Another class I took last semester was my second on the topic of literacy. Taught by Laura Sterponi, this is one of the core classes taught in the School of Education for their doctoral program in Language, Literacy, and Culture and consists of a heavy dose of theory and writing on a range of literacy related topics. The class had many small writing assignments and no major project to complete the semester, but I wrote a paper for my third class on Computer-Mediated Communication, that tried to show the relevance of the study of literacy to thinking about CMC. The basic point of the paper was to argue that scholars who have been researching literacy have been studying “mediated communication” in the form of writing (and more recently other media). In my CMC class Coye Cheshire and Andrew Fiore repeatedly made the point that it’s important when thinking about CMC to think about the “mediated communication” part of the acronym and to not get too distracted by the “computer” part. Therefore, the relationship between literacy and CMC seemed clear to me, but required a lot of thinking and writing.

All of this has helped me think about my ongoing work on literacy practices on MySpace, though I don’t have any grand statements to make here. I spent roughly ten hours a week last semester doing participant observation at a youth and technology center where I had a chance to watch how some teenagers use MySpace in their “natural” environment for using it. My thought is that one way, by no means not the only way, to understand online social networking is not by just studying online interactions, but by talking to people and observing them and their tools as the use them. This isn’t that novel a proposition, but it is challenging to make it all work. The jury’s still out for me on where this research is taking me.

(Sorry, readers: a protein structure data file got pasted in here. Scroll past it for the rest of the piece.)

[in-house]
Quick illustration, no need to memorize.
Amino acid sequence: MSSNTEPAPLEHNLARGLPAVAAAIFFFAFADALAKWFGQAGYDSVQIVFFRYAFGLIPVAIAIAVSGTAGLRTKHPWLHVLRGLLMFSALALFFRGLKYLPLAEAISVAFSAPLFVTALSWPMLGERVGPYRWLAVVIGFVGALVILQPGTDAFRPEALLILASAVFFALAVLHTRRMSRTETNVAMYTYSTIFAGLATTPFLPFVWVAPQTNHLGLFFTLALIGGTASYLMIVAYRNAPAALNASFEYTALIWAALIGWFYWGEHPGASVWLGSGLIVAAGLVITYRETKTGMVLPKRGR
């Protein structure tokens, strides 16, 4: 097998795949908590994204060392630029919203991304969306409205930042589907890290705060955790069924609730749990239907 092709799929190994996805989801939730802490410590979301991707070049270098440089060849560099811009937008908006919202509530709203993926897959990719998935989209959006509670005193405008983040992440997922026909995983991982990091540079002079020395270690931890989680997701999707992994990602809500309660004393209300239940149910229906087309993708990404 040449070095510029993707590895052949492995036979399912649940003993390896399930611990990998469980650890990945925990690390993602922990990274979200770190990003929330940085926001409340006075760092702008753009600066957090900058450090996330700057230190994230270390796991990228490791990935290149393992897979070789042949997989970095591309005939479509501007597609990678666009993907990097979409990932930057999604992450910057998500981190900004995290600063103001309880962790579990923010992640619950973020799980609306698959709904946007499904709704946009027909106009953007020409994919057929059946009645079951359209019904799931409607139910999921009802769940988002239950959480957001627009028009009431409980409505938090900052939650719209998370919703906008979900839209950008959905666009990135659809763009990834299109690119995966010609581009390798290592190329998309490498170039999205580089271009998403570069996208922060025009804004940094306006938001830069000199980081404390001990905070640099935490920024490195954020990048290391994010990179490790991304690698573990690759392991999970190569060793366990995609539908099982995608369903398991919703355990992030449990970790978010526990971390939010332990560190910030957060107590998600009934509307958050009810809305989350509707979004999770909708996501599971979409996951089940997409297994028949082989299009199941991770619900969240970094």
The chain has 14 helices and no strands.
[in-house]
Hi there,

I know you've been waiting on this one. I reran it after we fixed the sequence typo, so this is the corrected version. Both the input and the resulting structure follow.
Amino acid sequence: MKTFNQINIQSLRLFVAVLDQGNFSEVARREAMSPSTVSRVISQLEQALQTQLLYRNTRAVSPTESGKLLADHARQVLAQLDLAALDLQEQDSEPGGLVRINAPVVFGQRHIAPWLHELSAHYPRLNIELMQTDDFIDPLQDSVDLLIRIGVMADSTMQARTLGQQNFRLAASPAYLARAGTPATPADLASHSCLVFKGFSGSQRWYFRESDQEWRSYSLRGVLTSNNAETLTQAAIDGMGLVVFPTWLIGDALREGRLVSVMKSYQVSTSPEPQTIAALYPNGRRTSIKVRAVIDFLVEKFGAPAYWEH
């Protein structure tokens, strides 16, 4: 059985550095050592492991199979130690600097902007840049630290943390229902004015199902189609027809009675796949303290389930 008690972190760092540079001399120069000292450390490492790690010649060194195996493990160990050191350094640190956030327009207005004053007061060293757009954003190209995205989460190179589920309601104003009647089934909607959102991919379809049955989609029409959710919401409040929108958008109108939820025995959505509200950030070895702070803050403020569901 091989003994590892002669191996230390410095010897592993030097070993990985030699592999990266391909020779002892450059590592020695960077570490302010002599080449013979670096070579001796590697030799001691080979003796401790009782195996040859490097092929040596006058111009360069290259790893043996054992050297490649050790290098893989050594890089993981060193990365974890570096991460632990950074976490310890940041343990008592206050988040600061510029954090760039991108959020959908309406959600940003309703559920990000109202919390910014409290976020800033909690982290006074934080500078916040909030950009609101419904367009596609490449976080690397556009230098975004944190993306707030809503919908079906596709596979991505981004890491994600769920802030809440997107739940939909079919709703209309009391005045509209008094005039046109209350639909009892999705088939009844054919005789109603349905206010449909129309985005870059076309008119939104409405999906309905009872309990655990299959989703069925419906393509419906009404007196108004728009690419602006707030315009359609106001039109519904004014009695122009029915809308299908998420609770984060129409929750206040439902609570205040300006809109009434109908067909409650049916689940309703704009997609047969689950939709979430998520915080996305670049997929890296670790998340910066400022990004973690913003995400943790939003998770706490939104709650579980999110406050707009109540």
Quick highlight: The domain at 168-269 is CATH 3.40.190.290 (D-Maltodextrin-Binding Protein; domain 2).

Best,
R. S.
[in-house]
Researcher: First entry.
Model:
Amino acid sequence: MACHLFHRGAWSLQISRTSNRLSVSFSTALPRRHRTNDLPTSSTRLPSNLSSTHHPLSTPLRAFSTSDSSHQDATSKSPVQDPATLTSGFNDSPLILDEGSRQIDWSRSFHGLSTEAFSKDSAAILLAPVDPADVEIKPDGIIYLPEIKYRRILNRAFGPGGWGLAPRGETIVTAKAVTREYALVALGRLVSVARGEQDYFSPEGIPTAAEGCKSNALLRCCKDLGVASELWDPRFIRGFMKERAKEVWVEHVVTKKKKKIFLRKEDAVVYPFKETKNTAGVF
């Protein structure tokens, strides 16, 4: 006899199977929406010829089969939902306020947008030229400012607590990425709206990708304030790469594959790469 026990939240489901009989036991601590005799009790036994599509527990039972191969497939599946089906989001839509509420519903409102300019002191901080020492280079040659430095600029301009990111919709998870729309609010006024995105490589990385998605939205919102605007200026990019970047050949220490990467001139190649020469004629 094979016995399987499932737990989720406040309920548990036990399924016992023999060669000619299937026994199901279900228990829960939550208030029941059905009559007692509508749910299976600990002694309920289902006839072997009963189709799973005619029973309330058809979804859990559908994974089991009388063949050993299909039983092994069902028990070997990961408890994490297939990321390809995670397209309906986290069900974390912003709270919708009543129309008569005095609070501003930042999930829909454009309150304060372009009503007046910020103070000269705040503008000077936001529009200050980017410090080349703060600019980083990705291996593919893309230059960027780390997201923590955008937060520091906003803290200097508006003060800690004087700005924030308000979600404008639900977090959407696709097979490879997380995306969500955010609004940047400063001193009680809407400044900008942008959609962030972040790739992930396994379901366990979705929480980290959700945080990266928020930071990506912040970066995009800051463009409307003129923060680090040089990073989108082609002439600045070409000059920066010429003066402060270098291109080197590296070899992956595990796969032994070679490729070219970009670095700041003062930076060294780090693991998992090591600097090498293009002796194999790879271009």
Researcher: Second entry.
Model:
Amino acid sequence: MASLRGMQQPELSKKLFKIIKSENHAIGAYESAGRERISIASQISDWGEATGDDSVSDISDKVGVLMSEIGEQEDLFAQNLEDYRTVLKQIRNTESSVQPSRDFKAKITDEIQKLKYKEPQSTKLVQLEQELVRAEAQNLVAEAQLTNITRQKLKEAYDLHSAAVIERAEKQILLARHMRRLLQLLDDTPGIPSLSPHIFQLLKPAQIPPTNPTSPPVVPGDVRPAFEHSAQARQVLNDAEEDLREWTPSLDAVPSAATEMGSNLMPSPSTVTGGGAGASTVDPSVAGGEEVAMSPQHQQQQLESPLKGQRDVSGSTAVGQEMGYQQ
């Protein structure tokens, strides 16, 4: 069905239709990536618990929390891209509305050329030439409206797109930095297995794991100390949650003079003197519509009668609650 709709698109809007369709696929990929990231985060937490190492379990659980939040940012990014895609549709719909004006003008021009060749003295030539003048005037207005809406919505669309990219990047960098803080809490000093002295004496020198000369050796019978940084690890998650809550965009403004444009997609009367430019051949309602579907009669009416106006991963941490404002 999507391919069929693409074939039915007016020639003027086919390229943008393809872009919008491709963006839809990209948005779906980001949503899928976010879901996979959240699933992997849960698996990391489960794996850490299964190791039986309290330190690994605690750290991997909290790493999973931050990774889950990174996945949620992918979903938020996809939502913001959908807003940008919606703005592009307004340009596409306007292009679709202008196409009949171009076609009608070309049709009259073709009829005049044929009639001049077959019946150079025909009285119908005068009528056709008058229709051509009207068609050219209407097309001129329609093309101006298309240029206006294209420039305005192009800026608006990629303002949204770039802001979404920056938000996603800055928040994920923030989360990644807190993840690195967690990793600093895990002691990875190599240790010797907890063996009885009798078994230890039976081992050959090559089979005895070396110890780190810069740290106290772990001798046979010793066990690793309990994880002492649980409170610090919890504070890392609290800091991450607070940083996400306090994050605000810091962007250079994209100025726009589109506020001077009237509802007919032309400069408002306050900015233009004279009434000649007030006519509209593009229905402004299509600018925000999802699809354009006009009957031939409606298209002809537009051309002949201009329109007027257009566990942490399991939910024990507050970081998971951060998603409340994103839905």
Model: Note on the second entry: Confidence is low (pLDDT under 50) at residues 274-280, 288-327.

One place where I hope it’s taking me is the development of a good dissertation topic. I feel myself playing the role of a stereotypical PhD student in this regard…where everything is fairly interesting, but nothing seems captivating enough to want to spend years on, only to one day suddenly realize that there is life after dissertation, so I might as well just pick something…anything. My plan is to find that something soon. This semester will be difficult, but fun, I think.